Finally, our study found that the RR associated with NSAID use varied according to whether peptic ulcer history was present or not, which was the main independent risk factor of UGIB. The presence of this major risk factor reduces the effect of other risk factors (eg, negative interaction with NSAID use) and explains why the estimate of RR of UGIB for NSAID use in patients with ulcer history was lower than that observed in patients without ulcer history as already found in previous studies.26 Notwithstanding, it should be remembered that the baseline incidence of ulcer bleeding is much higher in patients with ulcer history than among patients without peptic ulcer antecedents1,24 and consequently patients with ulcer history have a greater excess risk due to NSAIDs despite a relatively smaller RR associated with its use.

In summary, our data provide an additional basis to assess the relative gastrointestinal safety of various anti‐inflammatory drugs. Now that use of coxibs and some traditional NSAIDs has been shown to have an increased risk of serious cardiovascular events,6,7,8,9 all risks and benefits with the use of traditional NSAIDs and coxibs need to be thoroughly re‐evaluated. The small increased risk of developing UGIB either with coxib use or with a combination of PPI with traditional NSAIDs found in this study suggests that they may be used preferentially when the main objective is to reduce the risk of gastrointestinal complications. On the other hand, a large proportion of patients with cardiovascular risk factors will be taking low‐dose aspirin and our study indicates that the gastrointestinal advantage of coxibs tend to disappear in these patients. Together with the modest increase in cardiovascular events6,7,8,9 observed with coxibs and some traditional NSAIDs, special caution would be desirable when using these agents in such a population until more data are available. Our data also suggest that non‐aspirin antiplatelet drug use alone or combined with traditional NSAIDs should not be considered a safer alternative to low‐dose cardioprotective aspirin alone or in combination with NSAIDs, respectively.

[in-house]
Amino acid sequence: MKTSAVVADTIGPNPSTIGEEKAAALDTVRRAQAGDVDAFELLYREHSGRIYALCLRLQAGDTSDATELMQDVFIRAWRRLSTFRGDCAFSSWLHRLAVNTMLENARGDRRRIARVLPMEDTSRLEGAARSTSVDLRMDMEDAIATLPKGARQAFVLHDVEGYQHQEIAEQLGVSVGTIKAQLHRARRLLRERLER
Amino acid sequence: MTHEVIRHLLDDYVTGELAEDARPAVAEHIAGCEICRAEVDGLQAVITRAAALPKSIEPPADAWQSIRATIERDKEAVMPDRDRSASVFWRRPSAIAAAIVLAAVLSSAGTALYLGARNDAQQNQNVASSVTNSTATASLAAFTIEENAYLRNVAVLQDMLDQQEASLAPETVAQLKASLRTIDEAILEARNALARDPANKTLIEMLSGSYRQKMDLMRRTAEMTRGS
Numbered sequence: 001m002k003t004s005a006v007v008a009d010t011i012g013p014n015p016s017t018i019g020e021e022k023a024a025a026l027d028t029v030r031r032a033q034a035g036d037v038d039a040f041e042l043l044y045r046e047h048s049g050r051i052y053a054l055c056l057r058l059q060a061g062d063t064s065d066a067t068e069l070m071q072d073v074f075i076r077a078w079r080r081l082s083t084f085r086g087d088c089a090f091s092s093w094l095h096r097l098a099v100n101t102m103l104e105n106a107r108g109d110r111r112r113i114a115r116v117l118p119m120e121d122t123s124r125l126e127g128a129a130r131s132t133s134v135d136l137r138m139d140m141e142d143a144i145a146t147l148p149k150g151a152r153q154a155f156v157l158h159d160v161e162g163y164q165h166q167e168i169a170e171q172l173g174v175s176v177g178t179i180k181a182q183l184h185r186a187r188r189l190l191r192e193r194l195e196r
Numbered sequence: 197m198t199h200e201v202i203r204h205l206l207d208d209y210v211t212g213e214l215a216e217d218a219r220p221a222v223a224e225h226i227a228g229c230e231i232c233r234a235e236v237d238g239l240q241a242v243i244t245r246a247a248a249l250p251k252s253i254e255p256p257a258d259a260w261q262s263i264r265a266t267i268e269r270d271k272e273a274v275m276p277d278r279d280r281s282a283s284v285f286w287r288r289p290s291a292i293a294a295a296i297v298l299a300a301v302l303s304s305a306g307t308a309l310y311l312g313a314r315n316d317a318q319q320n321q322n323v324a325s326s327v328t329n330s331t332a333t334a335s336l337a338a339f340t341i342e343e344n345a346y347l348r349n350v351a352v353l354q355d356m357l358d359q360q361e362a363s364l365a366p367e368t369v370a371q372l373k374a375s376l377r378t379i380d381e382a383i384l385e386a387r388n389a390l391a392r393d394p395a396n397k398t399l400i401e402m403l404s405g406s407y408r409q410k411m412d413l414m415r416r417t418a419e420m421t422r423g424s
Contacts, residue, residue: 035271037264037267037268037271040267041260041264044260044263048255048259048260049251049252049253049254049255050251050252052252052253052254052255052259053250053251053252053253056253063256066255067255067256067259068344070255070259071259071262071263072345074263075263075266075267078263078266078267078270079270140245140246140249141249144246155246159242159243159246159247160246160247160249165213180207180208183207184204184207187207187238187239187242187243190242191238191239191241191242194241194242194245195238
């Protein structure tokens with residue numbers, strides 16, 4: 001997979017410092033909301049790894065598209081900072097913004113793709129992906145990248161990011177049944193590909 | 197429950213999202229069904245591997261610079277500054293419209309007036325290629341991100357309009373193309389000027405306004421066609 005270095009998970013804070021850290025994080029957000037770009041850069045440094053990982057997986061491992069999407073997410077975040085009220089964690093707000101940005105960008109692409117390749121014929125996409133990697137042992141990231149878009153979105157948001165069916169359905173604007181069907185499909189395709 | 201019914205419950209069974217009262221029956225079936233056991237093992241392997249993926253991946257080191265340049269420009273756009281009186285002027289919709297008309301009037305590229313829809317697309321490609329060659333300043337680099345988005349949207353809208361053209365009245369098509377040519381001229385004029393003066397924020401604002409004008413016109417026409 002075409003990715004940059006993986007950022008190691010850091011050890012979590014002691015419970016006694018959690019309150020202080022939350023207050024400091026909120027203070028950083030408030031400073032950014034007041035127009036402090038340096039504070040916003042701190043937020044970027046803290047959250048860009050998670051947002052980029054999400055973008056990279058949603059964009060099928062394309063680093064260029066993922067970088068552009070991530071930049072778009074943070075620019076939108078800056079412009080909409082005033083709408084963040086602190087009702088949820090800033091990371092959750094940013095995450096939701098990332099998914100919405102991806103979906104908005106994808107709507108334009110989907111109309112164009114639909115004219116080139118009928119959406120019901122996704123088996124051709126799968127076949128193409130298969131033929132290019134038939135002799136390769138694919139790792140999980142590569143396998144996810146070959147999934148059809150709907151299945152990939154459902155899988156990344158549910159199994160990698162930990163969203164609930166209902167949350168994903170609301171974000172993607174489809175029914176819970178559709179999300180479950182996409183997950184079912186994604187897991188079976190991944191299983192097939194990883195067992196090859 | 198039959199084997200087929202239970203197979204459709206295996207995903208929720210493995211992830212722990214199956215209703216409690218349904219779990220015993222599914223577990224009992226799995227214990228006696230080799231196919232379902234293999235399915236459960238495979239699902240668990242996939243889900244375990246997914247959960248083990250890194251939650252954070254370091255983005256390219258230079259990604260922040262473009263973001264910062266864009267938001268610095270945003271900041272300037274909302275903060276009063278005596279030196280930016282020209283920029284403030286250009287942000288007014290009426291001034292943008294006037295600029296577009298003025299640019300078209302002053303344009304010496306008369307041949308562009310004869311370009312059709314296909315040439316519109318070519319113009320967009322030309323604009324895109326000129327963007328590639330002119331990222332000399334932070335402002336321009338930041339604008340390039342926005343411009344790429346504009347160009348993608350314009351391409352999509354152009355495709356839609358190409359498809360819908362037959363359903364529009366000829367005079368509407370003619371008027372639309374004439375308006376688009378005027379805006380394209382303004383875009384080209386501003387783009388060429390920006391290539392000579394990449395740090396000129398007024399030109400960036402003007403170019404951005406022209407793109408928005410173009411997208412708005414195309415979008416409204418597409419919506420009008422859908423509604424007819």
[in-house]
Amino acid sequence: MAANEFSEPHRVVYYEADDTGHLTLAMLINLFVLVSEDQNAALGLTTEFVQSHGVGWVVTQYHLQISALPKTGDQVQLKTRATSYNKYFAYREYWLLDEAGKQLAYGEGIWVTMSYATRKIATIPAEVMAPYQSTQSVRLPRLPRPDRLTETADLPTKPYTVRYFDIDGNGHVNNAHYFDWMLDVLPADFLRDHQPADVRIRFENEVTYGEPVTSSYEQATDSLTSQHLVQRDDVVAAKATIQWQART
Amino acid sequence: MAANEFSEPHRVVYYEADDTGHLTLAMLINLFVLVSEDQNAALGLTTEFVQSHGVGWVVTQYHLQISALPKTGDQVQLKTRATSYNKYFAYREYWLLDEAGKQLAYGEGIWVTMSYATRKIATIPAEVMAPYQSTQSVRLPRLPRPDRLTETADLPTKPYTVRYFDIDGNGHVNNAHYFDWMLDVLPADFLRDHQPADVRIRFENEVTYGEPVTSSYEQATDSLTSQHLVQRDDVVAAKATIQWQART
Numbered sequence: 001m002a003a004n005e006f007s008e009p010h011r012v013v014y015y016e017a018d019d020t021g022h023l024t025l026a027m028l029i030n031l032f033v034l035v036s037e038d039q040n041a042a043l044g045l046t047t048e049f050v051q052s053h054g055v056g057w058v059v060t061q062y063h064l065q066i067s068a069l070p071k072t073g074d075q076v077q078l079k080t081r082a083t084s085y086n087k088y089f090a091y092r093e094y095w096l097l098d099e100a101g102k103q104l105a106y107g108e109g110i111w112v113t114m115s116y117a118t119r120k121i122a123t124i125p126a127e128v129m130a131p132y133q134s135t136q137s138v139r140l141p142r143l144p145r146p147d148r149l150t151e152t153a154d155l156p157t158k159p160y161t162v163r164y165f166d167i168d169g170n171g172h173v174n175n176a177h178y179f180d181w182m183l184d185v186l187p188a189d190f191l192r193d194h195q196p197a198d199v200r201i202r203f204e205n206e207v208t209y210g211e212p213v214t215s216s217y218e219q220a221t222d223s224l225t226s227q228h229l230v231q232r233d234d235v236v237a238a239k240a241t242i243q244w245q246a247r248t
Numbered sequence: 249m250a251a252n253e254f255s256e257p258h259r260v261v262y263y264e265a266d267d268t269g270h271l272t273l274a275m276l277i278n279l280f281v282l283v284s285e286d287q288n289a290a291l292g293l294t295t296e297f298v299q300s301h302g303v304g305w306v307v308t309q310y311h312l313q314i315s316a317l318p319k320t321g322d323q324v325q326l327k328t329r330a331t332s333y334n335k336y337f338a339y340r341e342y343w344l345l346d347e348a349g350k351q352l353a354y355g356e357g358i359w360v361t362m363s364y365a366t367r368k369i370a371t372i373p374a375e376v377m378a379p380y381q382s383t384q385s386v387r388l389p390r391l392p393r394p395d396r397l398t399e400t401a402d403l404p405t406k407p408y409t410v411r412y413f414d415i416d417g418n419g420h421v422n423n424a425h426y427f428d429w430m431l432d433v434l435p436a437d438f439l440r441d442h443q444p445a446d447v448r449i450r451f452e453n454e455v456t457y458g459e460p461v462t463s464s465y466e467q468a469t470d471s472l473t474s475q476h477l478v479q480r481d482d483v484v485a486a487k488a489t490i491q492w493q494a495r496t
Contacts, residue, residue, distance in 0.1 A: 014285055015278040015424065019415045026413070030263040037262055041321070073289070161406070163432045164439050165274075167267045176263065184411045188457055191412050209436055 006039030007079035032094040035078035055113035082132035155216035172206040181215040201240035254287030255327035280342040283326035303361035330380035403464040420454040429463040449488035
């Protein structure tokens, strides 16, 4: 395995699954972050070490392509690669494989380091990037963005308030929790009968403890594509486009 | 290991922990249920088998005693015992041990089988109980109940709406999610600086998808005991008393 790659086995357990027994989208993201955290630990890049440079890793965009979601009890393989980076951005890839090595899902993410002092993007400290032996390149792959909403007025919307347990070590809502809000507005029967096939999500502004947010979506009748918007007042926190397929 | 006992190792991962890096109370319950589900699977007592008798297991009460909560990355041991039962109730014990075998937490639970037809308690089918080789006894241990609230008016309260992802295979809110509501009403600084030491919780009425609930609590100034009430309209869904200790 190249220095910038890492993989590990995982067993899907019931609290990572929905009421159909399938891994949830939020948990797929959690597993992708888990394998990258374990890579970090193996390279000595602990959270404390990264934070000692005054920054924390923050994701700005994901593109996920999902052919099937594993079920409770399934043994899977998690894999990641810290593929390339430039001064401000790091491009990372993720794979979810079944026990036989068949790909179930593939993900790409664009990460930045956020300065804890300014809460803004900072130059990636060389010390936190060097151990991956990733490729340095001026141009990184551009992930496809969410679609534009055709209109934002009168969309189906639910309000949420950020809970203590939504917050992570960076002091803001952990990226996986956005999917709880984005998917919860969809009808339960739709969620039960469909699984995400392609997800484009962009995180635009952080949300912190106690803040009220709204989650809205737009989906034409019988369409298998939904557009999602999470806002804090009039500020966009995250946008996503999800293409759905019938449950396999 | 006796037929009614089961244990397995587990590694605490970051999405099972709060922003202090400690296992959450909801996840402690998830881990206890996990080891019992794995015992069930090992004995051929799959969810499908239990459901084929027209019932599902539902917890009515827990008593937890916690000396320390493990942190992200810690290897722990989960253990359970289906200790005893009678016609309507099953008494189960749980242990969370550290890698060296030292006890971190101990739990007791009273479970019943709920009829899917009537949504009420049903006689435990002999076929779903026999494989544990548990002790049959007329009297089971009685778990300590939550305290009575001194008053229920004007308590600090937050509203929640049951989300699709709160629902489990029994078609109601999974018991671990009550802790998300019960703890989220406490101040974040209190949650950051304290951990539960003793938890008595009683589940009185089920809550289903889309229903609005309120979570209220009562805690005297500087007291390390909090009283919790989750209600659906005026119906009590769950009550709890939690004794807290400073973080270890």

APPENDIX A

Table AI lists the names of the investigators and the respective hospitals that constitute the Asociación Española de Gastroenterología.

Table thumbnail
TableAI Asociación Española de Gastroenterología